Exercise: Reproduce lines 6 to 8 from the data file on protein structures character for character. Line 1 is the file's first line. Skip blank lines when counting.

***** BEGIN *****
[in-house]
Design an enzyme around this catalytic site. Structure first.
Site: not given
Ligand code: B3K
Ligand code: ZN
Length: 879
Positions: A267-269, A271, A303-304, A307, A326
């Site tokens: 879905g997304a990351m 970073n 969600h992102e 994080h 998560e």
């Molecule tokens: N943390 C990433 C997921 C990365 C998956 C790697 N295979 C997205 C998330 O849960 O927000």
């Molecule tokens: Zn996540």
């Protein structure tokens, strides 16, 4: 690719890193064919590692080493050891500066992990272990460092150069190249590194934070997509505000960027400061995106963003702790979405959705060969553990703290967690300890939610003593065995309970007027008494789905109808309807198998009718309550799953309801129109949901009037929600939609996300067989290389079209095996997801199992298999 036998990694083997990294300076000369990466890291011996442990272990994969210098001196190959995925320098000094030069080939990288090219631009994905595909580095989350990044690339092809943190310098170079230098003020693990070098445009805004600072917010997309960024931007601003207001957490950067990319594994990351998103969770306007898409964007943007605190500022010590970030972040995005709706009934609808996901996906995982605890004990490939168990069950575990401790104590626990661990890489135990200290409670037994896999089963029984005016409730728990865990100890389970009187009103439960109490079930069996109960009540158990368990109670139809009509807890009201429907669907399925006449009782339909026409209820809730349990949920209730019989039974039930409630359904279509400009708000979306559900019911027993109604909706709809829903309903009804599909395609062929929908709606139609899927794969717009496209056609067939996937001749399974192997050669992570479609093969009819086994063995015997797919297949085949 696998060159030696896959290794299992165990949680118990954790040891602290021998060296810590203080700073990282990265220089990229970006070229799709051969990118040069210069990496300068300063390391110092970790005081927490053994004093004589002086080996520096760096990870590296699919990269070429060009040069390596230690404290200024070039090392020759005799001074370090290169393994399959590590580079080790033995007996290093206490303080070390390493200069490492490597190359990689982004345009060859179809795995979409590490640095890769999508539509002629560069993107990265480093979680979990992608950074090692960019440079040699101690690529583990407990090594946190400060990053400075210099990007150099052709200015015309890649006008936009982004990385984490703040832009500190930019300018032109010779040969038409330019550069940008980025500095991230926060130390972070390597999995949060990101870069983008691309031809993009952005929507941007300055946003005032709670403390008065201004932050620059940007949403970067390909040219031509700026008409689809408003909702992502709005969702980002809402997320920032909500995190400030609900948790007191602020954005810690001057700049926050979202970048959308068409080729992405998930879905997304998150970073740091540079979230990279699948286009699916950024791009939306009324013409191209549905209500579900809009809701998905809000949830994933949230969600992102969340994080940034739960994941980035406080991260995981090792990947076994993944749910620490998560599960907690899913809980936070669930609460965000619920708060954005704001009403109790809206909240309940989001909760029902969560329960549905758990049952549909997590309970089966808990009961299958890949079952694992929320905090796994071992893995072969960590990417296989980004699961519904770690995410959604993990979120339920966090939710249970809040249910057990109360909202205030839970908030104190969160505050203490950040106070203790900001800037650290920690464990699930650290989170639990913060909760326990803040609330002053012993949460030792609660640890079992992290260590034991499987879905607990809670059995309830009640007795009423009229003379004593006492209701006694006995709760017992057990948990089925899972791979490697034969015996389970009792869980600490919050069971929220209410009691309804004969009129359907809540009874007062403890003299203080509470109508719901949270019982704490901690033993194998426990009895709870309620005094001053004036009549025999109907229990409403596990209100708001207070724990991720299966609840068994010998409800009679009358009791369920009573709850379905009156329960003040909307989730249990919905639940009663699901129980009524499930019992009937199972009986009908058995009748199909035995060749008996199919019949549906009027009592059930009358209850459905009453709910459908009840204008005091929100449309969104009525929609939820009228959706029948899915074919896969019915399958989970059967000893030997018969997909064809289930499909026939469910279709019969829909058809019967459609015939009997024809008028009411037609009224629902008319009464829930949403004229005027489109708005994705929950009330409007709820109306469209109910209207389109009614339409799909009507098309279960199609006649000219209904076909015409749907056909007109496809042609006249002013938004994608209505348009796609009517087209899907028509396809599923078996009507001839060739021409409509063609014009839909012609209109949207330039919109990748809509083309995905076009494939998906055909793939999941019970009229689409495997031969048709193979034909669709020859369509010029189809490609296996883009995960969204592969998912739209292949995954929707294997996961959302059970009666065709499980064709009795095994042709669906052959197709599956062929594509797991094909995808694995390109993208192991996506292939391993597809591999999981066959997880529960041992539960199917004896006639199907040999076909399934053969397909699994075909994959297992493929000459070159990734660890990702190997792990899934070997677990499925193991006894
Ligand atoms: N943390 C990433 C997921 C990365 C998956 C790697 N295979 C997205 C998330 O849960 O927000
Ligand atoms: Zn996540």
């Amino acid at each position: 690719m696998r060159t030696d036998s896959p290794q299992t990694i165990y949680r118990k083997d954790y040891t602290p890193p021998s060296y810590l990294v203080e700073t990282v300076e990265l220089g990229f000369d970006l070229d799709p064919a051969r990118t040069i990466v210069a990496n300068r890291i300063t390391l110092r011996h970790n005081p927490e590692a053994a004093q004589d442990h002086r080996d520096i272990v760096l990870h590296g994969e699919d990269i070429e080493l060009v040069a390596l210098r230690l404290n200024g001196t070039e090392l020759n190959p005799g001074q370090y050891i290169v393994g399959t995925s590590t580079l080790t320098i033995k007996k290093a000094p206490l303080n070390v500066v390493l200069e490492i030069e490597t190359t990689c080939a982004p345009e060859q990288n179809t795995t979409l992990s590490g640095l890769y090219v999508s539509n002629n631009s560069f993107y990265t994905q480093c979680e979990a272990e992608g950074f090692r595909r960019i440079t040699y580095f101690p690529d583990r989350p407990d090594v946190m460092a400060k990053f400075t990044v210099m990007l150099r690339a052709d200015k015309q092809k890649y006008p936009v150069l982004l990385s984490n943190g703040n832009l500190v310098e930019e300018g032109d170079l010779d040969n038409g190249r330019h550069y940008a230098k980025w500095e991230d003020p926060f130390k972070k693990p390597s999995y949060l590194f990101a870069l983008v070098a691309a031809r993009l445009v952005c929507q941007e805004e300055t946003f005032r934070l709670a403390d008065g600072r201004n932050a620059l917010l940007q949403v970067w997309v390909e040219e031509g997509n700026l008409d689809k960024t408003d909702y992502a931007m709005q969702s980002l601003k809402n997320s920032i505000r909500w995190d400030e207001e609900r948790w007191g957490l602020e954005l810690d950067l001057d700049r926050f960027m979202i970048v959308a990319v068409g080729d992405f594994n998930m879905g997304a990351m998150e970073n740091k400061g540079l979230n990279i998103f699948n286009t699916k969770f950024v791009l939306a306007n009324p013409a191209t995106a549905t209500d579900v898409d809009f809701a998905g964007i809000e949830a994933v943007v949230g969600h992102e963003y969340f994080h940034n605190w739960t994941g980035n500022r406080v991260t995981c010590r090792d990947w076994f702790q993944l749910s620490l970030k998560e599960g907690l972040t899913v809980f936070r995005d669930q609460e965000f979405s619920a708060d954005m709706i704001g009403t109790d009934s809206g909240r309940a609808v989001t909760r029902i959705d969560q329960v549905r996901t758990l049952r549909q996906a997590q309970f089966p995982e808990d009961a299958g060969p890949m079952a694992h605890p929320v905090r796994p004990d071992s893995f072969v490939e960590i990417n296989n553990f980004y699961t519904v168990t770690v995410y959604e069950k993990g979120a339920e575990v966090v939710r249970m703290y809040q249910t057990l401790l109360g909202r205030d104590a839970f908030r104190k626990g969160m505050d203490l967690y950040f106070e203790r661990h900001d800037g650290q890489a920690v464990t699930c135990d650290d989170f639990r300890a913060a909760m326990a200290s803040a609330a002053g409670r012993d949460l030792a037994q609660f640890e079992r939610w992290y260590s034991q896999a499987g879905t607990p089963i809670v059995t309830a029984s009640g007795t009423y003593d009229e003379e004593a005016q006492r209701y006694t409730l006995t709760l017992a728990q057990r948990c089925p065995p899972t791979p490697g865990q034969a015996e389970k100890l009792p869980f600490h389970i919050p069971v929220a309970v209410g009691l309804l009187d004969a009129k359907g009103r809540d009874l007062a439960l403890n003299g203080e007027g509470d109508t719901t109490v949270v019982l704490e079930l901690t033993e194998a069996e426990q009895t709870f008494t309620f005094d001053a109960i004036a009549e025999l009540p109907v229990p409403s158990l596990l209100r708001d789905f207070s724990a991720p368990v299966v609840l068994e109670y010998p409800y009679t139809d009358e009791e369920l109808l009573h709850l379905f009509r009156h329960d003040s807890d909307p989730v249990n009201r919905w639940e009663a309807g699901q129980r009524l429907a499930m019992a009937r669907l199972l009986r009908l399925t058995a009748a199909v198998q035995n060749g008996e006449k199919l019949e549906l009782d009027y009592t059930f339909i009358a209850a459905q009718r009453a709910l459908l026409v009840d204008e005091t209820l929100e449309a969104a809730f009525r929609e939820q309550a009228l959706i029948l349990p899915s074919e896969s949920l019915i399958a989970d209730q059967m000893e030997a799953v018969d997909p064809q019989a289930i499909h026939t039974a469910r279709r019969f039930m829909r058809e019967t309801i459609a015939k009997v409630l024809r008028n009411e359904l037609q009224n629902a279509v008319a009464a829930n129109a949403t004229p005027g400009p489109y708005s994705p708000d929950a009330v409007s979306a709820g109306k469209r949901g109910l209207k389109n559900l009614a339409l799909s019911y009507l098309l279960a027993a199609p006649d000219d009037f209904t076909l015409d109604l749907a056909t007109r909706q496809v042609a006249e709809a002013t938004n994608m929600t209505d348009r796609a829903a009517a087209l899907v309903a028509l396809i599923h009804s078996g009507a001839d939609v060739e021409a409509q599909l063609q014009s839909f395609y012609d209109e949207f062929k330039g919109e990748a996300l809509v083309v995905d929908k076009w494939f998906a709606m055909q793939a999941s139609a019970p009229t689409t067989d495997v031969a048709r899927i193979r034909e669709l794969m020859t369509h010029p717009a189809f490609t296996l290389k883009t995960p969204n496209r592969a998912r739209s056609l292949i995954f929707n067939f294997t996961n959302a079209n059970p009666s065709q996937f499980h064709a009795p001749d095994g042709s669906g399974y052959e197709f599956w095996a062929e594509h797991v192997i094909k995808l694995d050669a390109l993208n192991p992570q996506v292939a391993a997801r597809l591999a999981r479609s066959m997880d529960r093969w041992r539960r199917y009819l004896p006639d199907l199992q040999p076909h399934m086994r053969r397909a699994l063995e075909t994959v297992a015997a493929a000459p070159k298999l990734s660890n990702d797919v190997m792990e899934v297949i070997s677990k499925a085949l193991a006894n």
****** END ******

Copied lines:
Length: 879
Positions: A267-269, A271, A303-304, A307, A326
């Site tokens: 879905g997304a990351m 970073n 969600h992102e 994080h 998560e």